“Accessibility is Usability” will be held from 1 – 2:15 p.m. Central time on Friday, May 31, 2013. Registration rates start at $40 for ASCLA members, and registration will close on Thursday, May 30. Register online for this webinar now. Group rates are available, with either single login or multiple login options. Get group registration information at ASCLA’s Online Learning page.

ASCLA, a small, mighty and growing division of the American Library Association (ALA), is a diverse organization of librarians and support staff who work in academic and public libraries, state agencies, specialized libraries and cooperatives, as well as those who are self-employed. Our division’s work centers on member-driven interest groups that represent the diversity and important work of our engaged and active members. Learn more about ASCLA and how to join this innovative division.

ASCLA hosts prison library tour at 2013 ALA Annual Conference

Going to ALA Annual 2013 in Chicago? Want to find out more about the world of juvenile corrections & juvenile correctional librarianship in general? Are you already working in the field, and interested in seeing how another juvenile correctional facility library operates?  ASCLA and Library Services for Youth in Custody (LSYC) are co-sponsoring and hosting a Juvenile Detention Facility Tour at the Cook County Juvenile Temporary Detention Center and its library on Monday, July 1st, from 8:45am-12:30pm.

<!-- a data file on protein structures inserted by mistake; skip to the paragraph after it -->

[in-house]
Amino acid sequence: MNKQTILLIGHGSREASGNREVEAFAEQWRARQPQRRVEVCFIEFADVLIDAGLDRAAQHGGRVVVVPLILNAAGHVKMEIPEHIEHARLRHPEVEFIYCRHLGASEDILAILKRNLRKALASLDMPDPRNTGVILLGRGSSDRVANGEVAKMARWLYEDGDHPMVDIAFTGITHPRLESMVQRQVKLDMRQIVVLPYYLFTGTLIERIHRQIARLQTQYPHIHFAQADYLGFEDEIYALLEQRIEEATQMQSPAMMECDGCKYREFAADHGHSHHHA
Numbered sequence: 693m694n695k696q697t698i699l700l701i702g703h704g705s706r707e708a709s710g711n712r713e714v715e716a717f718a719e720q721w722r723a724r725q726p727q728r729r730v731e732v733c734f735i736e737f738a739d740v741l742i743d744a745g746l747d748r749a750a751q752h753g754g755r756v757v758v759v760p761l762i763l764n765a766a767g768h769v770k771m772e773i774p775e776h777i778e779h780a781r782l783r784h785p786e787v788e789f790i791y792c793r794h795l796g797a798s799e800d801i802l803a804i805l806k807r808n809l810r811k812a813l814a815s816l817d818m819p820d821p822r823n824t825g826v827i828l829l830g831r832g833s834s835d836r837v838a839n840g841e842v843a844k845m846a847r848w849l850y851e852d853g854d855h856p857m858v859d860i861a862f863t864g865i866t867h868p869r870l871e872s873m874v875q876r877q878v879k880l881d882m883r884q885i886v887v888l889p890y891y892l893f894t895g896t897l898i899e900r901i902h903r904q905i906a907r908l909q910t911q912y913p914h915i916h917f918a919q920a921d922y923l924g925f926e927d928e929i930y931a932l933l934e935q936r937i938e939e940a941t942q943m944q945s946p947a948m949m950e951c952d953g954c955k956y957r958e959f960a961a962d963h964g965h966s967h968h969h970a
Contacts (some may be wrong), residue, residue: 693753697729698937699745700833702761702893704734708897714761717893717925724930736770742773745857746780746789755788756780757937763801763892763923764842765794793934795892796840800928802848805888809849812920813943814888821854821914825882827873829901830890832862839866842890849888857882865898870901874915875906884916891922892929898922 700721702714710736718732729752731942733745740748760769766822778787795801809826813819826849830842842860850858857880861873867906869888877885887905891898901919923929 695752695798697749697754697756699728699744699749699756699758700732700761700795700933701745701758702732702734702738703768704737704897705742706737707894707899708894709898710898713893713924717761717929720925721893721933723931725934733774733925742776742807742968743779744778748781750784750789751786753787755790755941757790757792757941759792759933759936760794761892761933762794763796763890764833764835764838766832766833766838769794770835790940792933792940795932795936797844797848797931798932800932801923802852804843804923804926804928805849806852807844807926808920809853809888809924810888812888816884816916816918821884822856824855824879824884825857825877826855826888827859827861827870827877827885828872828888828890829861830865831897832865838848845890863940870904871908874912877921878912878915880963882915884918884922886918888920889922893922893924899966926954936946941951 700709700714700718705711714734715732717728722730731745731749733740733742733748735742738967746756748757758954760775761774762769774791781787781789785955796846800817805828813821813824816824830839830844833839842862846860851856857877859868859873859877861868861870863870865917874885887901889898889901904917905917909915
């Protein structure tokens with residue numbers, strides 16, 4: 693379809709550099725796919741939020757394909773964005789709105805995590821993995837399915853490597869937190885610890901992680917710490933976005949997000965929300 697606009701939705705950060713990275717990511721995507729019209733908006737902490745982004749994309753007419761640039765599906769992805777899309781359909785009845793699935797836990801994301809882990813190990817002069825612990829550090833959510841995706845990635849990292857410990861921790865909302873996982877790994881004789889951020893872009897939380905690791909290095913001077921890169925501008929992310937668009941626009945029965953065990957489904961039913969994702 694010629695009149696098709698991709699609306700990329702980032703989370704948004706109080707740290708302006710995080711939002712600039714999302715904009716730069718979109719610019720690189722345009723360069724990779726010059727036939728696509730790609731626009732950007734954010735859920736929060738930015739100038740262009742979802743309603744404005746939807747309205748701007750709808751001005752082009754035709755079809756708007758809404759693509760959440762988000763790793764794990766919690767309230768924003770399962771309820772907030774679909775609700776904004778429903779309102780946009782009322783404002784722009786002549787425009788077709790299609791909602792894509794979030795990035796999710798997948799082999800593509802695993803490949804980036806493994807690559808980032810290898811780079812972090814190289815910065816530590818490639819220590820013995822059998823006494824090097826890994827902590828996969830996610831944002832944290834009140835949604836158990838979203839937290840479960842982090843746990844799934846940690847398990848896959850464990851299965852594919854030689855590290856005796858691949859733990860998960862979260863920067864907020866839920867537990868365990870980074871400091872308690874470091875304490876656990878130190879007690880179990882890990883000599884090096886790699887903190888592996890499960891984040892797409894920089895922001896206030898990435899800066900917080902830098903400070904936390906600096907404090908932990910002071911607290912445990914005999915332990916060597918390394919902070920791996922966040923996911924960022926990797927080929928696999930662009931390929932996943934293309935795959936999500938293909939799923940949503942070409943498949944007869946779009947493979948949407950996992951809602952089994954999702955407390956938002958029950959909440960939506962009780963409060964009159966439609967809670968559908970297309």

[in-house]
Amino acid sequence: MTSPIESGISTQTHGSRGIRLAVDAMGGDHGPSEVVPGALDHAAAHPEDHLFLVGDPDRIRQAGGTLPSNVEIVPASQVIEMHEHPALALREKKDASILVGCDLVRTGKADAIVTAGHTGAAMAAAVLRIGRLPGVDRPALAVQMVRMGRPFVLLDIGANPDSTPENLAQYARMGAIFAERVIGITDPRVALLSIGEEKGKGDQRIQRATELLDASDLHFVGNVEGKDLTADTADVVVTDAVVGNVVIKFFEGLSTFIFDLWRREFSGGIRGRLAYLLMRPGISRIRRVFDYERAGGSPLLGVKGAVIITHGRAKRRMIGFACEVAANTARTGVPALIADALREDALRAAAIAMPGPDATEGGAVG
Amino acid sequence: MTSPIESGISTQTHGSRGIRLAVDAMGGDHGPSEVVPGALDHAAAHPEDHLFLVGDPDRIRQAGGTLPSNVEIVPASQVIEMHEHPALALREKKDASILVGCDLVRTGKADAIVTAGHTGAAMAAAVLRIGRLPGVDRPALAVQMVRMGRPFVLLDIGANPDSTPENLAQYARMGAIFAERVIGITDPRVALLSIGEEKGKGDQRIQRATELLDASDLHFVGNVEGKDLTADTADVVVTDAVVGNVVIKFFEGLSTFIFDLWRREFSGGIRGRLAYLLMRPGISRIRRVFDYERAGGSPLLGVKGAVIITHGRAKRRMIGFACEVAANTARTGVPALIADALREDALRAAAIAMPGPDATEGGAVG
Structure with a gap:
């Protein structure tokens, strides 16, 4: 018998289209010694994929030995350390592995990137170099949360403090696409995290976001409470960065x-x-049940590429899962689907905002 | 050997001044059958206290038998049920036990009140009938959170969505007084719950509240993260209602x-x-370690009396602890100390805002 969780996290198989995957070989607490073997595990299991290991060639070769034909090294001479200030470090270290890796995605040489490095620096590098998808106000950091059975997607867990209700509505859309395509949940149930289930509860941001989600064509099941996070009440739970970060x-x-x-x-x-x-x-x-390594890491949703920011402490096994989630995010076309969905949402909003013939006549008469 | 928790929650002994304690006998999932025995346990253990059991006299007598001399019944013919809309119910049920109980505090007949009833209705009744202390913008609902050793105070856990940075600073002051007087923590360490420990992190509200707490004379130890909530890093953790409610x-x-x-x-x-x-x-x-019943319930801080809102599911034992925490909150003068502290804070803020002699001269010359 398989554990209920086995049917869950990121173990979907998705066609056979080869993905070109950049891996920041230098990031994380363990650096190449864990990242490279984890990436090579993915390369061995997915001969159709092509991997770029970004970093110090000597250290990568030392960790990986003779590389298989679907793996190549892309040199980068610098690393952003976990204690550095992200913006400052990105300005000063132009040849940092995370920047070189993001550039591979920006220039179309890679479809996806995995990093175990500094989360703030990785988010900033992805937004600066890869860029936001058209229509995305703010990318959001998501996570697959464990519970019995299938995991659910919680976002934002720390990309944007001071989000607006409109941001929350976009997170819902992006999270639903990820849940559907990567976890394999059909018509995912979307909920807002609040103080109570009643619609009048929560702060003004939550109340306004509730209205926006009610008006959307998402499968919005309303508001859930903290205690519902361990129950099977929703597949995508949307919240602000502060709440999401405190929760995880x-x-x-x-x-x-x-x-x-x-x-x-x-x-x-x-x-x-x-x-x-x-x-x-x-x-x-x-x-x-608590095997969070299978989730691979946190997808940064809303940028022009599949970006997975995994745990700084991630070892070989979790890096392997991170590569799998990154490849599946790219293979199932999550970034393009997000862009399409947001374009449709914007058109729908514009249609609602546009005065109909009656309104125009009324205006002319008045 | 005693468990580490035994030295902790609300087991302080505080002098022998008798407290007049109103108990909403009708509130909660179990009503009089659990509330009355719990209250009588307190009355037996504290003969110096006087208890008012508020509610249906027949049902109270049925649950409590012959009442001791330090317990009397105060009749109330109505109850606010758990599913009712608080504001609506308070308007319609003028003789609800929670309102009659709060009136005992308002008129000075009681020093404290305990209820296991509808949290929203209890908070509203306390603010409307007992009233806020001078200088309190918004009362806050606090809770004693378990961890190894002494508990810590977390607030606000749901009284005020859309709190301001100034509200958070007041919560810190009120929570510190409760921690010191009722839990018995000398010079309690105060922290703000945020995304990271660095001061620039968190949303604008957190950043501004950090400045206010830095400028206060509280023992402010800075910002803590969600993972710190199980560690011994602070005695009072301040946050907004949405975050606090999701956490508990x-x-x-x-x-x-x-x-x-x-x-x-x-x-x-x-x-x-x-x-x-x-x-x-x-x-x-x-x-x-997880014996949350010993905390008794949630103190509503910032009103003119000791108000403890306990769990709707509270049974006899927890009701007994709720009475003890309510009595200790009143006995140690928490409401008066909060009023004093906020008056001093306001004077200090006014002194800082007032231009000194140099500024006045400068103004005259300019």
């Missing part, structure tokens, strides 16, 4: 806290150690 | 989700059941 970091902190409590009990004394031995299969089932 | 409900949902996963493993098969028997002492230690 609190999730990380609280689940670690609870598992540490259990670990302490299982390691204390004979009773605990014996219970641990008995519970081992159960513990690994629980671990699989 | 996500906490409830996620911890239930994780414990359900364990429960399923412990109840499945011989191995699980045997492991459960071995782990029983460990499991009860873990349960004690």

The Cook County Juvenile Temporary Detention Center and its library, operated by Nancy B. Jefferson Alternative School, are located on the west side of Chicago. Cook County Juvenile Temporary Detention Center is one of the largest youth detention centers in the country. The school and library are operated by Chicago Public Schools and the library is staffed by a full-time, certified school library media specialist. Megan Cusick, Nancy B. Jefferson school librarian, and Camden Tadhg, logistics team chair of LSYC, will be running the tour.

TO REGISTER FOR THE TOUR, PLEASE COMPLETE THIS FORM BY 5PM CENTRAL TIME ON FRIDAY, JUNE 7.

Call for Proposals: ASCLA programs, preconferences and institutes for 2014

ASCLA is now accepting proposals for:

  • Institutes for the 2014 ALA Midwinter Meeting in Philadelphia
  • Preconferences for the 2014 Annual Conference in Las Vegas
  • Programs for the 2014 Annual Conference in Las Vegas

Institutes and preconferences are ticketed events held on the Friday of the conference. Programs are held throughout the Annual Conference and are included as a part of conference registration.

You can access the online program proposal form here: http://www.surveymonkey.com/s/ascla2014progpreconproposal

You can also download a PDF of the form in preparation for submitting the online form. Only online submissions will be accepted!